History behind Hamams and Kese.
The meaning of Hamam (known as Azerbajani Bath) has Arabic origin and means heated and being warm. Since ancient times, most communities have Hamam in different forms.
The Azerbajani scrubber mitten, also known as a kese, is a traditional exfoliating tool that has been used for centuries in baths, or hamams. The word "kese" comes from the Azerbajani language ( which is part of Turkic languages) and is a type of mitten that is used for scrubbing and cleaning the skin.
The tradition of using kese in hamams dates back to the Ottoman Empire, where hamams were an important part of daily life and culture. Hamams were not only used for personal hygiene but also for socializing, relaxation, and as a place for healing. The kese was an essential tool in the hamam, used to exfoliate and clean the skin, and the rough texture of the mitten helped to remove dead skin cells and impurities, leaving the skin feeling soft and refreshed.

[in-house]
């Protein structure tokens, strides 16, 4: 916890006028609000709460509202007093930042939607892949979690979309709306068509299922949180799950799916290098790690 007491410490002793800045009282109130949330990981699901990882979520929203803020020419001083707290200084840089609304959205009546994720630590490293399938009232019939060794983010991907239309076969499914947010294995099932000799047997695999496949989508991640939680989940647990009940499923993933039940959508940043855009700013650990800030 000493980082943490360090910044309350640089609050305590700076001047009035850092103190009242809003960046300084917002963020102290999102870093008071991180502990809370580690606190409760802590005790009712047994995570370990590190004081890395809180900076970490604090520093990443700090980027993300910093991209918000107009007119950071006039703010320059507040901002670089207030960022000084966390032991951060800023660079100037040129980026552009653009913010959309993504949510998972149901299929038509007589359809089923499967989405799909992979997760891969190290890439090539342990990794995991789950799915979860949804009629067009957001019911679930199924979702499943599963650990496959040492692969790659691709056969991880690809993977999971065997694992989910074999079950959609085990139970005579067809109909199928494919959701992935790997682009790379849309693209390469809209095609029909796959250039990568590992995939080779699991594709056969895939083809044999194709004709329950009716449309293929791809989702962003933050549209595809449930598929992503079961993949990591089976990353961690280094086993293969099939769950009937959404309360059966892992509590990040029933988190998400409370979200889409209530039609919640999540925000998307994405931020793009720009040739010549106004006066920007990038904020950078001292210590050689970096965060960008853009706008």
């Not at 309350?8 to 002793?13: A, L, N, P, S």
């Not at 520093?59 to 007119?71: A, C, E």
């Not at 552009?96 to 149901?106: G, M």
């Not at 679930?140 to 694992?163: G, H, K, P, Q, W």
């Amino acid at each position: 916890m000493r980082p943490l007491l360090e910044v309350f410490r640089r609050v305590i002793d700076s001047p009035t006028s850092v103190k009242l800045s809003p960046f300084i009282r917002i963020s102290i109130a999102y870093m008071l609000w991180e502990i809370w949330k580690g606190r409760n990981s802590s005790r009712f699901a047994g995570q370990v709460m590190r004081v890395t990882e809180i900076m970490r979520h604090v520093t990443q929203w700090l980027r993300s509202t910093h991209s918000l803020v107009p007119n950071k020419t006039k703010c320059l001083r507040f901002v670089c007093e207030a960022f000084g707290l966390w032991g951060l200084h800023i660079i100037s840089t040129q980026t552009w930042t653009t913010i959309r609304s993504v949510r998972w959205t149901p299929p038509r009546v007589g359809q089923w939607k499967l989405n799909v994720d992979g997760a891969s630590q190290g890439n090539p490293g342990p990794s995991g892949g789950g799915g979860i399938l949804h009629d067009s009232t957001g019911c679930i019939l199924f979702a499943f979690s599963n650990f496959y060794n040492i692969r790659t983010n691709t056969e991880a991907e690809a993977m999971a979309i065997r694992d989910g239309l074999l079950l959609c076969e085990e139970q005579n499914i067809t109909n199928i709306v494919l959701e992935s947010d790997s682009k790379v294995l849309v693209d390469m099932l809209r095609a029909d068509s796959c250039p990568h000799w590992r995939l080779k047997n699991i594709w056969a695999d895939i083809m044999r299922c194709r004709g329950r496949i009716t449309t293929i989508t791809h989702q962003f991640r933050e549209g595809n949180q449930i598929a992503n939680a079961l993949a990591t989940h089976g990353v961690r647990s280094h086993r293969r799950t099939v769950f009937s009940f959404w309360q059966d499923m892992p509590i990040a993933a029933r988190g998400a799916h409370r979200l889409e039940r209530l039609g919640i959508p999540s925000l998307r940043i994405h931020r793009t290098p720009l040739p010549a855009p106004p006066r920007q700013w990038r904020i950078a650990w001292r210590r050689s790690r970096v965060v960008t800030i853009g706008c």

The kese mittens are typically made of natural viscose floss or pure mulberry silk. The mittens can vary in size, shape and texture , often hand-made and come in different grades of roughness. The kese mittens are used with soap and water to scrub the body.
The tradition of using kese mittens in hamams spread to other parts of the Middle East and Europe during the Ottoman Empire's expansion. Today, the tradition continues in Azerbajan, Turkey and other parts of the Middle East, and kese mittens are also becoming popular in Western countries as an exfoliating tool for personal use. They are still a popular tool in hamams and spas, and also used by people in their homes as well.
Temiz Kese is made in Turkey in one of the most original manufacturers who weave their fabric for kese on their heirloom ancient looms.